I’m sure that you, like me have been stunned this week to hear of the large number of civilian casualties incurred in this week’s hostilities between Israel and fighters operating out of Gaza. It is appalling to realize that it is impossible for two enemy forces, no matter which side you support, to engage with each other, without placing the lives and possessions of local civilians in jeopardy.
We have witnessed physical damage to buildings, roads and vehicles, heard reports of civilian men women and children being killed in collateral damage inflicted, and learned that hundreds of thousands of local populace have been displaced or had their homes destroyed during the offensives.
Let us hope that the flimsy cease-fire that went into effect midnight on Thursday can be made to last.
On the other side of the globe, GDACS has reported at least three major earthquakes in China since midday Friday, local time. The first was a Magnitude 6 quake at a depth of 10km very close to the Myanmar border, at 13h48 local time. There was limited public danger as a result of this one. A minute or so later a Magnitude 6.1 shock at the same epicenter, close to the Myanmar border was experienced. Population exposed this time was 423000, because the Richter scale is a logarithmic scale, and a decimal point in magnitude makes for a much stronger quake. The third quake was even stronger, a magnitude 7.4 version at 18h00 on Friday, but in a less densely populated area, and not threatening as many people.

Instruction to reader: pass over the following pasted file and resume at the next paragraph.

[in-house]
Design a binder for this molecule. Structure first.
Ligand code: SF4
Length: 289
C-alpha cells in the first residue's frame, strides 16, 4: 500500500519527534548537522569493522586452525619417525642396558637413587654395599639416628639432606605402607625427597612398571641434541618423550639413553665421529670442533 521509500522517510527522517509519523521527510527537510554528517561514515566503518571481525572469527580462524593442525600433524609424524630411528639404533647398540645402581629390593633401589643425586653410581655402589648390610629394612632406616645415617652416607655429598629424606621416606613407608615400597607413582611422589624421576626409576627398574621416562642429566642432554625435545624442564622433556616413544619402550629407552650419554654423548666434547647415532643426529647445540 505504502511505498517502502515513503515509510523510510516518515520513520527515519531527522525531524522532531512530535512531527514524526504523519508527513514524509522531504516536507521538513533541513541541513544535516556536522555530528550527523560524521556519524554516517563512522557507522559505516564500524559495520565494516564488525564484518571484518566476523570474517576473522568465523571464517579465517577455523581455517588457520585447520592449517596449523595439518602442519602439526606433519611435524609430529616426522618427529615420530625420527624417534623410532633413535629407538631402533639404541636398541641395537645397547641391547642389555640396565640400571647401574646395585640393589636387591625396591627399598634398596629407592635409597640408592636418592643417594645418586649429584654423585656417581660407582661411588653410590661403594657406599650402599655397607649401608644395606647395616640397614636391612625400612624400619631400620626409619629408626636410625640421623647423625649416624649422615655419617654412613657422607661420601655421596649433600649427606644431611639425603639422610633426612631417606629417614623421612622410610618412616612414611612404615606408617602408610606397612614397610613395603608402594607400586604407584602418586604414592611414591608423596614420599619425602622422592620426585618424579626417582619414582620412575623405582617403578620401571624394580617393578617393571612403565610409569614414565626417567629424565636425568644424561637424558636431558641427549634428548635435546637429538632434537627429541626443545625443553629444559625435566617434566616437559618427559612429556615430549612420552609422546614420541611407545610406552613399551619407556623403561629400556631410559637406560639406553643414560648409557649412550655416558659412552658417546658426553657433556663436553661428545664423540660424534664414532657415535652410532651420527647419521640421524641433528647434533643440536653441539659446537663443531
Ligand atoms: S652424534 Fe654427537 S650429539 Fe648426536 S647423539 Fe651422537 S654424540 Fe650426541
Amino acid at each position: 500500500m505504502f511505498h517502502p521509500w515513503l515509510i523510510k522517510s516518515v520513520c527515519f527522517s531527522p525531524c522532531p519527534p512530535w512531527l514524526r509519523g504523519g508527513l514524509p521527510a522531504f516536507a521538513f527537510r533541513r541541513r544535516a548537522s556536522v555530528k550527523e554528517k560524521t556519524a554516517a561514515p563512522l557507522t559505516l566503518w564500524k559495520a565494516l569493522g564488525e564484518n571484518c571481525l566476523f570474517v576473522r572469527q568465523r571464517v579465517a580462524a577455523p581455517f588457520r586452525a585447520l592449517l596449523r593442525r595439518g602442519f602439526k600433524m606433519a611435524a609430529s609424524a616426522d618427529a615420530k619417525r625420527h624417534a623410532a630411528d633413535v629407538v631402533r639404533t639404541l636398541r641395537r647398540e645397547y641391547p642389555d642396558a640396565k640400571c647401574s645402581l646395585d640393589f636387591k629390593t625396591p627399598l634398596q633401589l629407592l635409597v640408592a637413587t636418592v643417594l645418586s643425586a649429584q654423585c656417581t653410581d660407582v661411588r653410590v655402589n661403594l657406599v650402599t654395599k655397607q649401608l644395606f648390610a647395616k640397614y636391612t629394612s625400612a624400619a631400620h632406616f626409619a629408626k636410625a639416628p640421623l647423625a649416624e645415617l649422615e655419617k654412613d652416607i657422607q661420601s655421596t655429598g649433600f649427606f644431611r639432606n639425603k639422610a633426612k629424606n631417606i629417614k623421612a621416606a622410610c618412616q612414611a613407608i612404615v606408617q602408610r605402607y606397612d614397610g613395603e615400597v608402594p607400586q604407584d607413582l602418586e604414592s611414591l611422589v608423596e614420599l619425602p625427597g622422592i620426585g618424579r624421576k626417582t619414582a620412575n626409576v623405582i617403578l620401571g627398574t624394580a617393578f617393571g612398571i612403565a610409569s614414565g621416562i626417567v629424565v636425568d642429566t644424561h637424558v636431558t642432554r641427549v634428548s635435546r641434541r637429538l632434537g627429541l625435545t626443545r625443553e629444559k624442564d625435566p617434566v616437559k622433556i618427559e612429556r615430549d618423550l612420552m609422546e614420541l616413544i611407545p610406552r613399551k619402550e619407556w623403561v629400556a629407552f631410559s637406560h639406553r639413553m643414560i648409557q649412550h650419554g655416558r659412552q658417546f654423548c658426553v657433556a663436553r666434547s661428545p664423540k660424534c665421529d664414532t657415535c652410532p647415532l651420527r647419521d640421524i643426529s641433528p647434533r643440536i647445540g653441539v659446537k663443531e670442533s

At the time of compiling this bulletin, news of casualties had not filtered through, and I sincerely hope there weren’t any.
And, remarking on the double disaster in India this week, a blogger writing in the Times of India notes that Cyclone Tuaktae of the week was similar to Cyclone Amphan which hit Bengal last year. In both cases, disruptions were huge, but worse this time around, because of the huge Covid surge, with Cyclone Tauktae seriously disrupting operations at Covid hospitals that already have a high patient load, disrupting oxygen supply logistics, hitting vaccine cold storage, and raising the risk of Covid infection in evacuation shelters in the affected states.
In such a scenario, Central Disaster Relief has assured all help to the cyclone-hit states, including deployment of central forces and NDRF teams. This is welcome and all necessary assistance should be made available. However, over the long term, our disaster response systems need to be prepared to operate in multi-crises situations. For Covid may not be the last pandemic we see in our lifetimes with zoonotic diseases on the rise. Same is the case with climate change and the increasing frequency of natural disasters. Therefore, appropriate Standard Operating Procedures need to be developed to manage natural disasters in pandemic situations and other multi-crises events. The lessons from this pandemic period must not be forgotten.
The competitive swimmers amongst you will be interested to know that a one-way communications system has been developed so that coaches may talk to their swimmers while they’re in the water, without having to shout to be heard.